Calumet Farm sold for over $36 million

The historic Calumet horse farm fetched about $50,000 per acre when it was sold Thursday to a new trust.
The historic Calumet horse farm fetched about $50,000 per acre when it was sold Thursday to a new trust. Herald-Leader

Historic Calumet Farm has sold for $36 million to $40 million to a new trust, the Calumet Investment Group, which will lease it to Thoroughbred horseman Brad Kelley, whose Optimizer is running in the Kentucky Derby on Saturday.

Kennelot Stables, operated by the de Kwiatkowski Trust, signed the deal Thursday afternoon to sell the legendary Lexington farm, said Charles Middleton, Louisville attorney for the new trust and its trustee.

Bud Greely, spokesman for the de Kwiatkowski trust, said the price was about $50,000 an acre for the 800-acre, white-fenced property along Versailles Road, between New Circle Road and Keeneland. That would put the selling price closer to $40 million for the farm, barns, improvements, name and, possibly, silks.

Horses, including stallions Ice Box and Cactus Ridge, are not part of the deal.

The investors, who were not named or numbered, "plan to continue to keep it the way it is," Middleton said. "I actually think ownership of Calumet Farm is a jewel."

Kelley, 54, plans to continue operating it privately and "in Calumet's historic Thoroughbred tradition," Middleton said. "There is a transition period, through July 15, to come up with an operating plan."

He said there are no plans to develop any part of the farm. Kelley also owns Hurricane Hall in Lexington; he currently races under the name Bluegrass Hall with black and orange silks

Middleton said no decision has been made on whether Kelley will seek to revive Calumet's famous devil-red and blue silks, which would have to be approved by The Jockey Club, Middleton said.

Rumors of a sale began to swirl throughout the Bluegrass last month but no one would confirm any details.

Greely said Thursday he started working on a deal in late February but could not comment publicly until now.

"You just never know until the signature's on the contract and the money's in the bank," Greely said.

Greely said the confidential nature of the deal means he cannot say how many people might be involved in the ownership.

"I feel confident your new buyer is going to spend a lot of money on the farm. I think everybody's going to be very pleased," Greely said.

He said the de Kwiatkowski heirs decided to sell because they are dispersed across several continents. Although Calumet is doing well, even adding stallions in the past year, without the driving force of the late Henryk de Kwiatkowski behind things it was difficult for the family to continue the same level of interest.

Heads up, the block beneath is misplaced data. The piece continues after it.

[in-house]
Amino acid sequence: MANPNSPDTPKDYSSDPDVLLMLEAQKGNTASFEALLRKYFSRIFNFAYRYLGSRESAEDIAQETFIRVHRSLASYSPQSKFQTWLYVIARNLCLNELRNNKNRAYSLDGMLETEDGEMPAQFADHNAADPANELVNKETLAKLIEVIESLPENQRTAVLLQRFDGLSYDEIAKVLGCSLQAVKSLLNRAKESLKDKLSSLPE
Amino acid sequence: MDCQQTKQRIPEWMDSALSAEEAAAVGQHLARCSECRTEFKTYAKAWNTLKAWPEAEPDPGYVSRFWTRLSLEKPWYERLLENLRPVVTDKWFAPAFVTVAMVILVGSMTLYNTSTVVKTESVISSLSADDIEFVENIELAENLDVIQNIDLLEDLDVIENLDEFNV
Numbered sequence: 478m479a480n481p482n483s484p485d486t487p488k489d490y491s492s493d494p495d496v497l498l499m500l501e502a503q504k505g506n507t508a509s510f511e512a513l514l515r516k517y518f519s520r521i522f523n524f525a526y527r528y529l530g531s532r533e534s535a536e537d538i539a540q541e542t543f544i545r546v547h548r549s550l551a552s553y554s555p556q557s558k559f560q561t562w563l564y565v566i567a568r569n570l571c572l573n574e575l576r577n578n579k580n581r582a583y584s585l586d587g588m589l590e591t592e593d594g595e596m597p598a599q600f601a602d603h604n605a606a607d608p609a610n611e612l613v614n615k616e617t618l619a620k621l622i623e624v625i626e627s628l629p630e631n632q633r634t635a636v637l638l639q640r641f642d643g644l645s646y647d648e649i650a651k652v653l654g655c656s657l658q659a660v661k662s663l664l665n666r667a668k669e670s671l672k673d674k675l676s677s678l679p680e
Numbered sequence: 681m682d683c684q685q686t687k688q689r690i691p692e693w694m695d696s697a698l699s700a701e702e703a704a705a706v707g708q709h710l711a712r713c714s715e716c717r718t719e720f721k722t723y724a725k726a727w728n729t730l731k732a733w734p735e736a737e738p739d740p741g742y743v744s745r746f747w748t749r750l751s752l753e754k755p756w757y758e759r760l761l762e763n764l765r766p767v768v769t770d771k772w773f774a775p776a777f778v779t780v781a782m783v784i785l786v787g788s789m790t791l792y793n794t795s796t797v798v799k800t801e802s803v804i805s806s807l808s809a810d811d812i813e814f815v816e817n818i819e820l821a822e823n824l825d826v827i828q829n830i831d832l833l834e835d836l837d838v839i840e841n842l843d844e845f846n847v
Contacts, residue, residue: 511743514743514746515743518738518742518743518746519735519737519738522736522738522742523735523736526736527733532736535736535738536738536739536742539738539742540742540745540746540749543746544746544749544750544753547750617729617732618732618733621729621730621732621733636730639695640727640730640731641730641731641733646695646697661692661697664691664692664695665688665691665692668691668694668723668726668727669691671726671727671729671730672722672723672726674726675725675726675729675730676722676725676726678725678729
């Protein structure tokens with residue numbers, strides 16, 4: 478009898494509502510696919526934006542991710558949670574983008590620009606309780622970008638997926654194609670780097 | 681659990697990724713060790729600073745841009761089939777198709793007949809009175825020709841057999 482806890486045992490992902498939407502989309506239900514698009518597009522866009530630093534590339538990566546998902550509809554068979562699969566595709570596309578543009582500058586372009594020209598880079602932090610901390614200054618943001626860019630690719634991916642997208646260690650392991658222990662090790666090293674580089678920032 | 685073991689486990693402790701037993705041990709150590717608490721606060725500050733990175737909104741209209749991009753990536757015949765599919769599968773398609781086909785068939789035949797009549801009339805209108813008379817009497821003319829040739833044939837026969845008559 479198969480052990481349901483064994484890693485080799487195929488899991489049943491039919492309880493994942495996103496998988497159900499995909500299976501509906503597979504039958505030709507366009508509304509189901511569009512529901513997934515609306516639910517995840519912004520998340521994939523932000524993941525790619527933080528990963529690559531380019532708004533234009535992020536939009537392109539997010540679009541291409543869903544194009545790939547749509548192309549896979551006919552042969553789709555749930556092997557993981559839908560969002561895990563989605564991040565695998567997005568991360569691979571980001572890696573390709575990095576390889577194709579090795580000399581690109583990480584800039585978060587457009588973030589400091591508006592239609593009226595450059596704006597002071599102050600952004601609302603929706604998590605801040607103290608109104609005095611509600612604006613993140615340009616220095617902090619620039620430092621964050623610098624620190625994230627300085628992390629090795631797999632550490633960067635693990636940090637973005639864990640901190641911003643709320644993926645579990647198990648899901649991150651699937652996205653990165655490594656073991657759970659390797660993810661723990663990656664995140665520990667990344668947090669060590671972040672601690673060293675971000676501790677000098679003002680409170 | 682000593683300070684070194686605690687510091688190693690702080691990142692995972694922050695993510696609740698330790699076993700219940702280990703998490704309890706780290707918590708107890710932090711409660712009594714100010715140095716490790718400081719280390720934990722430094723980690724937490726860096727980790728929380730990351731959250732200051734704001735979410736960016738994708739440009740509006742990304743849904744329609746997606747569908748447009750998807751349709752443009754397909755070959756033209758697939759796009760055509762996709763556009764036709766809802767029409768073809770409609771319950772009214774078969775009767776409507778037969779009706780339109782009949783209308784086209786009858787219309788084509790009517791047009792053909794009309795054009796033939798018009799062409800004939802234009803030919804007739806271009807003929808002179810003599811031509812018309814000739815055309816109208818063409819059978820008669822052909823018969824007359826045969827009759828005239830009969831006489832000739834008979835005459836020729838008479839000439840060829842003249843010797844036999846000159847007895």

Henryk de Kwiatkowski bought Calumet out of bankruptcy auction in 1992 for $17.175 million, pledging that it would be preserved forever from developers.

The farm — one of the most storied in Thoroughbred racing and breeding history with eight Kentucky Derby winners and two Triple Crown winners — had fallen into bankruptcy after mismanagement and the mysterious death of top stallion Alydar.

With Thursday's sale, another chapter in Calumet's history begins.

Kelley, who will take over operation if not outright ownership, is thought to be something of a benign enigma.

A native of Franklin, in Simpson County, he founded cut-price tobacco company Commonwealth Brands, which had popular brands such as Bull Durham, and then sold it for a reported $1 billion in 2001.

Although he lives near Nashville, he now owns 1.7 million acres of land in New Mexico, Florida and Texas, making him one of the 10 largest private landowners in the United States. His private fortune is valued at more than $1.7 billion. He raises endangered black rhinos and white rhinos and other rare animals.

He also owns almost 400 acres across from Calumet on Versailles Road and along Parkers Mill.

He seems to be reluctant to face public scrutiny of any kind.

Kelley once owned 11 percent of Churchill Downs, but when the racetrack company bought Fair Grounds, which already had slot machines, he got the board to buy back enough of his shares so he would not have to go through the required vetting process for a gaming license.

Now Kelley has a horse running in the most public horse race in America, and Middleton wouldn't even confirm whether Kelley is in Louisville.

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